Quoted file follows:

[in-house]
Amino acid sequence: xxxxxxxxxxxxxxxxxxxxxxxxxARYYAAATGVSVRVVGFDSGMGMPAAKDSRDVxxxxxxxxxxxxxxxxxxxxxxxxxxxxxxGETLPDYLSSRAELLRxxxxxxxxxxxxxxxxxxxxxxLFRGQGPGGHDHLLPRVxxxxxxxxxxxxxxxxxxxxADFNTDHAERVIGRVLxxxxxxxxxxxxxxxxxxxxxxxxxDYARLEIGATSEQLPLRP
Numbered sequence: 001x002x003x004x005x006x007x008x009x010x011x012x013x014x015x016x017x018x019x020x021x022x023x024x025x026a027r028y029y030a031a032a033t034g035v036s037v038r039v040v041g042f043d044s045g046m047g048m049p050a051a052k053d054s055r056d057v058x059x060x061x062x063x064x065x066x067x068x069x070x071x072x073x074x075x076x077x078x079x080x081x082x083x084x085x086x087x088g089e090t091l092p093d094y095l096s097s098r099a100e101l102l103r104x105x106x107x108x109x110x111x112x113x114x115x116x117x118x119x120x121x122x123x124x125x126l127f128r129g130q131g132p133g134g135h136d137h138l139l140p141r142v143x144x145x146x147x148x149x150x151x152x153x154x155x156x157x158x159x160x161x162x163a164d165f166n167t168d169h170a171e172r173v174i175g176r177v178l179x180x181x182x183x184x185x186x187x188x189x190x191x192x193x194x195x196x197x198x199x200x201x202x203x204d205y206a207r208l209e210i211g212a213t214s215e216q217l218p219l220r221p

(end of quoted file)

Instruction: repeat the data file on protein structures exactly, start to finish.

[in-house]
Amino acid sequence: xxxxxxxxxxxxxxxxxxxxxxxxxARYYAAATGVSVRVVGFDSGMGMPAAKDSRDVxxxxxxxxxxxxxxxxxxxxxxxxxxxxxxGETLPDYLSSRAELLRxxxxxxxxxxxxxxxxxxxxxxLFRGQGPGGHDHLLPRVxxxxxxxxxxxxxxxxxxxxADFNTDHAERVIGRVLxxxxxxxxxxxxxxxxxxxxxxxxxDYARLEIGATSEQLPLRP
Numbered sequence: 001x002x003x004x005x006x007x008x009x010x011x012x013x014x015x016x017x018x019x020x021x022x023x024x025x026a027r028y029y030a031a032a033t034g035v036s037v038r039v040v041g042f043d044s045g046m047g048m049p050a051a052k053d054s055r056d057v058x059x060x061x062x063x064x065x066x067x068x069x070x071x072x073x074x075x076x077x078x079x080x081x082x083x084x085x086x087x088g089e090t091l092p093d094y095l096s097s098r099a100e101l102l103r104x105x106x107x108x109x110x111x112x113x114x115x116x117x118x119x120x121x122x123x124x125x126l127f128r129g130q131g132p133g134g135h136d137h138l139l140p141r142v143x144x145x146x147x148x149x150x151x152x153x154x155x156x157x158x159x160x161x162x163a164d165f166n167t168d169h170a171e172r173v174i175g176r177v178l179x180x181x182x183x184x185x186x187x188x189x190x191x192x193x194x195x196x197x198x199x200x201x202x203x204d205y206a207r208l209e210i211g212a213t214s215e216q217l218p219l220r221p